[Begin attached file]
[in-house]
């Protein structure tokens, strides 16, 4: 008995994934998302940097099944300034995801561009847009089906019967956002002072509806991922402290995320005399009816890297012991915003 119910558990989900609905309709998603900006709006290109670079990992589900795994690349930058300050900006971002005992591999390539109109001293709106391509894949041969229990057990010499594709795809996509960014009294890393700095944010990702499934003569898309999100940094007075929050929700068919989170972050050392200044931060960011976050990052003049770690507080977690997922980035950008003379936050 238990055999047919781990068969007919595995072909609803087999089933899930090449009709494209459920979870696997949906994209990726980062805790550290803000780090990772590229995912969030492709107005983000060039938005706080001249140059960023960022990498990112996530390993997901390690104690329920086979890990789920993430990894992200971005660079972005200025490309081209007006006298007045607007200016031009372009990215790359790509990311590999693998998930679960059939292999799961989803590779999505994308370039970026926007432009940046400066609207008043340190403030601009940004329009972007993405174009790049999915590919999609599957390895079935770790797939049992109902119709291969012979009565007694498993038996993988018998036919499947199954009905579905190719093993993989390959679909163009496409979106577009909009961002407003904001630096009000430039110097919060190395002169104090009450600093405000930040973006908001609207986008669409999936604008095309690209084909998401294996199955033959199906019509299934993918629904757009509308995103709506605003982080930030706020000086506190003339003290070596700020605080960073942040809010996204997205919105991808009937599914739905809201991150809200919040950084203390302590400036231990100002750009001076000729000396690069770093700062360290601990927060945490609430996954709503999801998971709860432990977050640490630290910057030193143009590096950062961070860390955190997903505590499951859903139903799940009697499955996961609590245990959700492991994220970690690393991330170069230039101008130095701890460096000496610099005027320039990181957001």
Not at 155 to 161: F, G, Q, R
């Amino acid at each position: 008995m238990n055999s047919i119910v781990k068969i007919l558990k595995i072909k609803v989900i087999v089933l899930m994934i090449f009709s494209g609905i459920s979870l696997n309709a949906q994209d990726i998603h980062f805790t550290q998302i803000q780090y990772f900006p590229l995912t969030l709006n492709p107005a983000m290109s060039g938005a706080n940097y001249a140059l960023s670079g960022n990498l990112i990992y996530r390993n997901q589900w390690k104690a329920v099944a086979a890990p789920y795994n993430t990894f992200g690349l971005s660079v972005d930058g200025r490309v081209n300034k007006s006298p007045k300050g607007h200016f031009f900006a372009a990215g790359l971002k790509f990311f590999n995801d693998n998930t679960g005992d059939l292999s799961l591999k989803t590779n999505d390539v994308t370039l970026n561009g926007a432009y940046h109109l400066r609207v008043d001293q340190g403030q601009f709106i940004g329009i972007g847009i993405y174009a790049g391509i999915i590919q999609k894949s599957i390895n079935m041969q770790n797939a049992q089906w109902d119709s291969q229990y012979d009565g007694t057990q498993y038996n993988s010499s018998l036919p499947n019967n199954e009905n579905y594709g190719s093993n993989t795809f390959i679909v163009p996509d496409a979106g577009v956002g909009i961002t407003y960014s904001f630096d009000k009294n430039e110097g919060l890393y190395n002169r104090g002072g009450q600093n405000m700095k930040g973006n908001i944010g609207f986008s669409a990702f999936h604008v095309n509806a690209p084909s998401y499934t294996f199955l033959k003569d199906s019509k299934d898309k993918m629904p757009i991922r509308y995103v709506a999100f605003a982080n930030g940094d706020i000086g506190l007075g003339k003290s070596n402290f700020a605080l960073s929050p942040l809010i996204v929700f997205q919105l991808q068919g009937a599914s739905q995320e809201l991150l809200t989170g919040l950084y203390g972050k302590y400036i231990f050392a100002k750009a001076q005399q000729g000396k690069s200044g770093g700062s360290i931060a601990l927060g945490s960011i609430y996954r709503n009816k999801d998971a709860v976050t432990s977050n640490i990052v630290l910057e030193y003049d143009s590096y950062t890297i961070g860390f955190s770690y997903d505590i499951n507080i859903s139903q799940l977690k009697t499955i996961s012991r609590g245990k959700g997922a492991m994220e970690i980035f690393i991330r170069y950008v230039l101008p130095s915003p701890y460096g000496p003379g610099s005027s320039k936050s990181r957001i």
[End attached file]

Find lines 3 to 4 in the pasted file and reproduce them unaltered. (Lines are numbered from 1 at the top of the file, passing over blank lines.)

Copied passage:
Not at 155 to 161: F, G, Q, R
């Amino acid at each position: 008995m238990n055999s047919i119910v781990k068969i007919l558990k595995i072909k609803v989900i087999v089933l899930m994934i090449f009709s494209g609905i459920s979870l696997n309709a949906q994209d990726i998603h980062f805790t550290q998302i803000q780090y990772f900006p590229l995912t969030l709006n492709p107005a983000m290109s060039g938005a706080n940097y001249a140059l960023s670079g960022n990498l990112i990992y996530r390993n997901q589900w390690k104690a329920v099944a086979a890990p789920y795994n993430t990894f992200g690349l971005s660079v972005d930058g200025r490309v081209n300034k007006s006298p007045k300050g607007h200016f031009f900006a372009a990215g790359l971002k790509f990311f590999n995801d693998n998930t679960g005992d059939l292999s799961l591999k989803t590779n999505d390539v994308t370039l970026n561009g926007a432009y940046h109109l400066r609207v008043d001293q340190g403030q601009f709106i940004g329009i972007g847009i993405y174009a790049g391509i999915i590919q999609k894949s599957i390895n079935m041969q770790n797939a049992q089906w109902d119709s291969q229990y012979d009565g007694t057990q498993y038996n993988s010499s018998l036919p499947n019967n199954e009905n579905y594709g190719s093993n993989t795809f390959i679909v163009p996509d496409a979106g577009v956002g909009i961002t407003y960014s904001f630096d009000k009294n430039e110097g919060l890393y190395n002169r104090g002072g009450q600093n405000m700095k930040g973006n908001i944010g609207f986008s669409a990702f999936h604008v095309n509806a690209p084909s998401y499934t294996f199955l033959k003569d199906s019509k299934d898309k993918m629904p757009i991922r509308y995103v709506a999100f605003a982080n930030g940094d706020i000086g506190l007075g003339k003290s070596n402290f700020a605080l960073s929050p942040l809010i996204v929700f997205q919105l991808q068919g009937a599914s739905q995320e809201l991150l809200t989170g919040l950084y203390g972050k302590y400036i231990f050392a100002k750009a001076q005399q000729g000396k690069s200044g770093g700062s360290i931060a601990l927060g945490s960011i609430y996954r709503n009816k999801d998971a709860v976050t432990s977050n640490i990052v630290l910057e030193y003049d143009s590096y950062t890297i961070g860390f955190s770690y997903d505590i499951n507080i859903s139903q799940l977690k009697t499955i996961s012991r609590g245990k959700g997922a492991m994220e970690i980035f690393i991330r170069y950008v230039l101008p130095s915003p701890y460096g000496p003379g610099s005027s320039k936050s990181r957001i």